After six months, they still scratch at the other furniture occasionally, when they are in a naughty mood and running around like maniacs, to get attention. But, they know they will be scolded and for the most part, they use the post. My new sofa is still in one piece.
Both of my cats have been using the post daily (or more likely hourly) for the past six months. They climb up and down the post like a tree, with their arms spread out around it. They fight and tumble all over it and they like to throw themselves bodily through the air and stick to the side of it like velcro.
After I put a larger, 18" diameter top on the post, I sometimes now find them curled up on top of it together, but their favorite game is still King of the Mountain.
Step 13: About Tubby Cats
I have one large and tubby cat that we affectionately call "Two-ton" who is a little under two years old, and one sleek, panther-type cat that is most frequently called "Hey, are you being naughty?" due to her wacked-out 1 year old behavior. Their names are actually Zenith and Quasar. They are both rescue cats, and Two-ton was very ill and skeletal when we got her, but she has blossomed into a weighty Persian-type cat with a very sweet disposition and a strong tendency to become overweight due to her traumatic time of starvation before she was rescued.
When Two-ton hits the side of the post at high velocity, it sounds like an elephant breakdancing, but it's wonderful because she gets about a thousand times more exercise with this post in the house than she otherwise would. If she jumped on my furniture like that, I would scold her and not allow it, so this type of physical behavior would be unavailable to her and we'd probably end up calling her "Four-tons of fun".
Unfortunately, this is exactly what happens to many cats that are overweight. When they do play hard or stretch by scratching, they get scolded, so they are deprived of whatever little exercise they might get indoors and they get even tubbier over time, until they are finally obese and unhealthy.
If you have a tubby cat, this kind of toy will encourage them to exercise more and to use their claws and their body in the way it was designed to operate. But please be careful - if your cat is extremely obese, jumping down from a height can be dangerous to their shoulder joints and spine. To add a dimension of safety, you can add one or two lower posts next to the tall one, so the animal can jump down in shorter stages, but can still climb up and jump up the big one if they want to. This is also helpful for older cats that might have arthritis or other joint issues.
If you do have a tubby cat that needs exercise, or an elderly cat, bring a photo of this cat post to your vet and ask them what they think about it and whether it would be safe for your animal before you build it.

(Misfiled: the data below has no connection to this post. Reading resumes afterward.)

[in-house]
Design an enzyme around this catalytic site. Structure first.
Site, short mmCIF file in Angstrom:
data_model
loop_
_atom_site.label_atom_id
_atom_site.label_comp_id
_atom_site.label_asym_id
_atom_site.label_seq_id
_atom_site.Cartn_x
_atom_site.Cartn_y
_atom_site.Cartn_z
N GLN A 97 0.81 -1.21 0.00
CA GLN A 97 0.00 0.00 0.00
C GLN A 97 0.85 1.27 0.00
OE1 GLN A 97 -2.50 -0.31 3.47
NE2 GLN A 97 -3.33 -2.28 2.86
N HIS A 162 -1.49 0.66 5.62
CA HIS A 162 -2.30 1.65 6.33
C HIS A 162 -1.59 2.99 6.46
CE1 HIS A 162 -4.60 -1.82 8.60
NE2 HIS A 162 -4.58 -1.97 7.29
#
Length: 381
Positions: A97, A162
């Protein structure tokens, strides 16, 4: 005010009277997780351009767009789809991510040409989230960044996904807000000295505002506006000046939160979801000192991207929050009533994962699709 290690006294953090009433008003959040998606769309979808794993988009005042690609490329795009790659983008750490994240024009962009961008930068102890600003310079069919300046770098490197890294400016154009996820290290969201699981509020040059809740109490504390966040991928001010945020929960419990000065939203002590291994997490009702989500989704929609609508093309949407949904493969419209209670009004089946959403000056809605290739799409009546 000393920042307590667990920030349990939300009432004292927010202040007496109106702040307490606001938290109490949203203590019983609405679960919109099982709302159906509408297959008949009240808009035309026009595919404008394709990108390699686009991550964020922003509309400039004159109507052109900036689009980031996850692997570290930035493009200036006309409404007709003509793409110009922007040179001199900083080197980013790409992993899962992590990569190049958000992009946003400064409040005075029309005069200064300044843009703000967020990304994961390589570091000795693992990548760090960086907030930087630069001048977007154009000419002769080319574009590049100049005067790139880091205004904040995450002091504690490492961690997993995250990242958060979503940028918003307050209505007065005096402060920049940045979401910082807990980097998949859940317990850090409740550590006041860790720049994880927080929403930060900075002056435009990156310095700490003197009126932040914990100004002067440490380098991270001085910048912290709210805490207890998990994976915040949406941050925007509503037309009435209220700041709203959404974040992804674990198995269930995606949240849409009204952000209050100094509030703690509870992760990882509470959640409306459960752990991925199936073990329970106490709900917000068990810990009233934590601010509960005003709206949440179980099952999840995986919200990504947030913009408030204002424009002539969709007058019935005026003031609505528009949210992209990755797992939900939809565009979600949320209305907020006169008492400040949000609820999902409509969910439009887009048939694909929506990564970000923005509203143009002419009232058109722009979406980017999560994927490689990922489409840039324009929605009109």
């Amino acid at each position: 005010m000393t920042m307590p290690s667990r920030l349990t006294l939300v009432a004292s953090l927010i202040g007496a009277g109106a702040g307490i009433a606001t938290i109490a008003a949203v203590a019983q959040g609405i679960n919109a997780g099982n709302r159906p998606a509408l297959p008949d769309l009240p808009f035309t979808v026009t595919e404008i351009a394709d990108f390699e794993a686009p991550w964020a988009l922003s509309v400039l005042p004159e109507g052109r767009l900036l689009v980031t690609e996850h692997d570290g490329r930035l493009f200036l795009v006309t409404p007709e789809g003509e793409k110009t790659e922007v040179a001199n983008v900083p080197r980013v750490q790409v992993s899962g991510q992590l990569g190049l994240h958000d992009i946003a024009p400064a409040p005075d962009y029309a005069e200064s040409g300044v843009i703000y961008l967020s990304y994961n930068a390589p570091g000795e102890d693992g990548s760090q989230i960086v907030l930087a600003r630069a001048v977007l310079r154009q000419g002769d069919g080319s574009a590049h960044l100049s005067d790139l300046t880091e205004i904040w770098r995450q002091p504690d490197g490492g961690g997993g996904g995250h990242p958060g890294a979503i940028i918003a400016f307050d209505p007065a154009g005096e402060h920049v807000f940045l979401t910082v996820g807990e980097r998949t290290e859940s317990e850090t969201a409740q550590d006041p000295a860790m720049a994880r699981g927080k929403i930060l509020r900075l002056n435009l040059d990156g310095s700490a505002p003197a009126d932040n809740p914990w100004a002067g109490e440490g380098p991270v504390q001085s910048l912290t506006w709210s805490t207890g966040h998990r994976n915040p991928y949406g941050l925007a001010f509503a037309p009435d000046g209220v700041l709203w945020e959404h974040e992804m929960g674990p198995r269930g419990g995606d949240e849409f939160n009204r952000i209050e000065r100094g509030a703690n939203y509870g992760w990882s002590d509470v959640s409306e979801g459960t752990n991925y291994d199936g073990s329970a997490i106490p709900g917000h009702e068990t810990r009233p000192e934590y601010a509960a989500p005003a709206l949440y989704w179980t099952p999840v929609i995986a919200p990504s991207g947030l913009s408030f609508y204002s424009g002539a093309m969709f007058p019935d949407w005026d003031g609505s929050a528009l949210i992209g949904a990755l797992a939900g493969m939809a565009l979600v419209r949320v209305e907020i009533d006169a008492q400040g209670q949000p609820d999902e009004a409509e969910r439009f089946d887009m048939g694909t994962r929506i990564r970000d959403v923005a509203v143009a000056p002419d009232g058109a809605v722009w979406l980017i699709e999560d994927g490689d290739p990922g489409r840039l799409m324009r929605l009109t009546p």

Step 14: Please Adopt a Cat
Please, if you have room in your home, adopt a black cat from the pound. Black cats are the most difficult cats for rescue organizations to place because of ridiculous superstition and purely wacky religious beliefs. Every year at Halloween black cats are abused and mutilated by people. Many of them languish for months in shelters, until they have to be euthanized because of lack of space. If you are a rational person, and can make the time and room in your life for a cat, you can save them from such a fate. Every shelter, everywhere ALWAYS has at least one black cat for adoption.
Zenith adopted Quasar completely as her own kitten, even though the animals are not related and she was barely over a year old when we brought them home from the rescue. She even made milk for the kitten. Although she had been at the rescue for two months, being fed regularly, she was still practically starved to death, to the point that she was skeletal when we brought her home. She must have been mostly dead when they took her in.
When we got her, she had an upper respiratory infection that caused her to cough up and sneeze blood, and she had just been spayed - she still had the stitches in place. We brought her and the 2 month old kitten, Quasar, home together and within a few days, she just spontaneously started producing milk. This for an unknown kitten, even when she was in such terrible shape and recovering from surgery.
This is just one more story of why some rescue animals are very much worth adopting. They are not all there because of behavioral problems or incurable illnesses. After just a few visits to the vet, and a good diet of healthy food, Zen has turned into the sweetest, lovey-est cat you ever met - and she also likes her belly rubbed, if you can believe it.
Quasar is going through her wacky teenaged time, but because we got her as a kitten, she does not remember any hardship in her life. Between Zenith, her adopted mom, and the humans in her life, she's spoiled rotten, but she's a sweetie anyway. She's our trickster cat. She opens and closes doors, drawers, and cabinets. She plays catch. (no, really, she does) Plus, she knows how to take the battery out of a cell phone and stash the pieces under the bed. It took us forever to find that thing. :)
If you just can't adopt, then please volunteer. Or if you can't do that, then send any amount of money, even only a dollar will help, to a LOCAL organization. National organizations use most of the donations they get for overhead costs and not a lot of it gets to the actual animals. At the local level, you can also donate items like food and litter, office paper, bleach, etc.